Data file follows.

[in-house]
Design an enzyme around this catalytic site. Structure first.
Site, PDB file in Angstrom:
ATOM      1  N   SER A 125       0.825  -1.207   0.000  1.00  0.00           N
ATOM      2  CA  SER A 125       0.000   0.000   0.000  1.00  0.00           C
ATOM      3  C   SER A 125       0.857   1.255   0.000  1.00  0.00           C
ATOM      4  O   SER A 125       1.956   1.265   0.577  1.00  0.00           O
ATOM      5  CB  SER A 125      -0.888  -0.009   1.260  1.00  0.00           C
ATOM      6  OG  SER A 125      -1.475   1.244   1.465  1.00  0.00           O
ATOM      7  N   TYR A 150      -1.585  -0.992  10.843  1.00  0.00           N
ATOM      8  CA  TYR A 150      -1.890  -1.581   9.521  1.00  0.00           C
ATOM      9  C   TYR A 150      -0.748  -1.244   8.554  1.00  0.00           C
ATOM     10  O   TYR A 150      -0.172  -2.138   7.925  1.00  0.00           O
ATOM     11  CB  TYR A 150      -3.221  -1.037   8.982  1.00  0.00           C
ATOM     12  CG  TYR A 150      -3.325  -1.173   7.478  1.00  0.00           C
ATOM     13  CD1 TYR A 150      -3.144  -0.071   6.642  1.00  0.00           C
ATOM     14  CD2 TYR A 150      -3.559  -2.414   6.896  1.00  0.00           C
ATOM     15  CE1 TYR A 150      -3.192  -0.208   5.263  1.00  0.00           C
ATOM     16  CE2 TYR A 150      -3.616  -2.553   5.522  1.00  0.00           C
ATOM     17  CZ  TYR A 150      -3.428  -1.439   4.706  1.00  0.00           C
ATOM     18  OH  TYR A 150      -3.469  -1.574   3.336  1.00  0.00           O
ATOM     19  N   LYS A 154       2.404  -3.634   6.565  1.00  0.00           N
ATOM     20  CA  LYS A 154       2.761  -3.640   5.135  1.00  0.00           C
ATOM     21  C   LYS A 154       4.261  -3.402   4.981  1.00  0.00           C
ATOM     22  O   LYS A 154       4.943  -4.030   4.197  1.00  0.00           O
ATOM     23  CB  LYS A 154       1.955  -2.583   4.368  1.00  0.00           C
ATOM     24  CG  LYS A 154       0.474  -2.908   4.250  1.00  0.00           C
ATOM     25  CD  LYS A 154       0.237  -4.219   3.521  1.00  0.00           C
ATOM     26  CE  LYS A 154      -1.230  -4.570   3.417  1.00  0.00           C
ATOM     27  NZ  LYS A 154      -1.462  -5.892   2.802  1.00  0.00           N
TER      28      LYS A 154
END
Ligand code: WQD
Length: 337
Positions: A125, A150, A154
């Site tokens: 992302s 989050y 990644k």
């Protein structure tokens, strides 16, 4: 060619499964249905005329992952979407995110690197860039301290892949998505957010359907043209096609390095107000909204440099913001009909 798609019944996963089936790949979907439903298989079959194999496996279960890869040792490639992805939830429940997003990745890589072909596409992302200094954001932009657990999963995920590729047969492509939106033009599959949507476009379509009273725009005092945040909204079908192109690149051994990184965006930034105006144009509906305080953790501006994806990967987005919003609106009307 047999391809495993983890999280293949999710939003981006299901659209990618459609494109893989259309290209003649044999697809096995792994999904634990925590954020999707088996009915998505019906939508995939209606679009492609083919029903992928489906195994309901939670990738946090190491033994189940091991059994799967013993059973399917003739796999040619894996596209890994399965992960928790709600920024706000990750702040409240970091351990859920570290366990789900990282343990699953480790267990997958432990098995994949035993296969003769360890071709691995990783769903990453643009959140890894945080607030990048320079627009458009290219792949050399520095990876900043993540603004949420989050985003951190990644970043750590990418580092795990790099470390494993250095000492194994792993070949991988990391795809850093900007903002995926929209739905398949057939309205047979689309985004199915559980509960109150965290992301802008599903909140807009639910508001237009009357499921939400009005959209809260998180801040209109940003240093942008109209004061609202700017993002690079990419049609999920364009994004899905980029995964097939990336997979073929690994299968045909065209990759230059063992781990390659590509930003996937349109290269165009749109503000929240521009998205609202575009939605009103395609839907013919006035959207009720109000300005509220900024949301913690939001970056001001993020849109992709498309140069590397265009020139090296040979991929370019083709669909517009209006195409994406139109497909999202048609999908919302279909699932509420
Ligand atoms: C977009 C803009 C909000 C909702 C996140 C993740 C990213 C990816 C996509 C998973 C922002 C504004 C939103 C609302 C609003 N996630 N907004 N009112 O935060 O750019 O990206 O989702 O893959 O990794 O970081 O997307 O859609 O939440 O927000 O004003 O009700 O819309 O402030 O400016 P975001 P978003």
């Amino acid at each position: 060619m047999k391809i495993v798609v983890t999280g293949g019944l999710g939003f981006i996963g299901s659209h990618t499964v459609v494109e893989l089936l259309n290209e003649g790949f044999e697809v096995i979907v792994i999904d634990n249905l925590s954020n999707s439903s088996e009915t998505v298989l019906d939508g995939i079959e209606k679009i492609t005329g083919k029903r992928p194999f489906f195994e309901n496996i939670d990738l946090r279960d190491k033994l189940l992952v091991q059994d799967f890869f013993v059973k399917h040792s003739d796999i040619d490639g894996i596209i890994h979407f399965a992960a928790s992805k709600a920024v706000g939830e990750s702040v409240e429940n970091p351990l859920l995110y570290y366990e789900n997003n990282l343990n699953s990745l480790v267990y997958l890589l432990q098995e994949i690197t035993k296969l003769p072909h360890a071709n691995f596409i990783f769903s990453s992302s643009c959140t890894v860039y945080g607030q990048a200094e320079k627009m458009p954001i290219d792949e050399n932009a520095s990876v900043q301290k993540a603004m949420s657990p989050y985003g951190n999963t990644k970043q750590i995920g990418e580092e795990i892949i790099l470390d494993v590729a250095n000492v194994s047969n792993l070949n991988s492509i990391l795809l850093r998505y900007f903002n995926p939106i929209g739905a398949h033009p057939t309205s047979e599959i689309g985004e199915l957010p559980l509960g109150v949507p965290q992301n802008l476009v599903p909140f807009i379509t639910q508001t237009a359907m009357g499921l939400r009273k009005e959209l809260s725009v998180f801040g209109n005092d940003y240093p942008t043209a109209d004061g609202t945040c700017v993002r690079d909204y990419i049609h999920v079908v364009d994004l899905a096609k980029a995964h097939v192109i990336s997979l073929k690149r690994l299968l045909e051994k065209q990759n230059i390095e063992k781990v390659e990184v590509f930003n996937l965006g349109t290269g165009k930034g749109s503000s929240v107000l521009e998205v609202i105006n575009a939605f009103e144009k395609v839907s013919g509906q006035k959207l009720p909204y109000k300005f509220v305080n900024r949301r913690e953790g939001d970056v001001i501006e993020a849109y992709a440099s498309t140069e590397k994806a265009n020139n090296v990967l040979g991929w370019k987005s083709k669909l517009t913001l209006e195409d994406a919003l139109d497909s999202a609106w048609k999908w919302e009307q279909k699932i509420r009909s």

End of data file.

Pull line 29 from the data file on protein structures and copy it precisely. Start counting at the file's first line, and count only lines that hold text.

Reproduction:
ATOM     26  CE  LYS A 154      -1.230  -4.570   3.417  1.00  0.00           C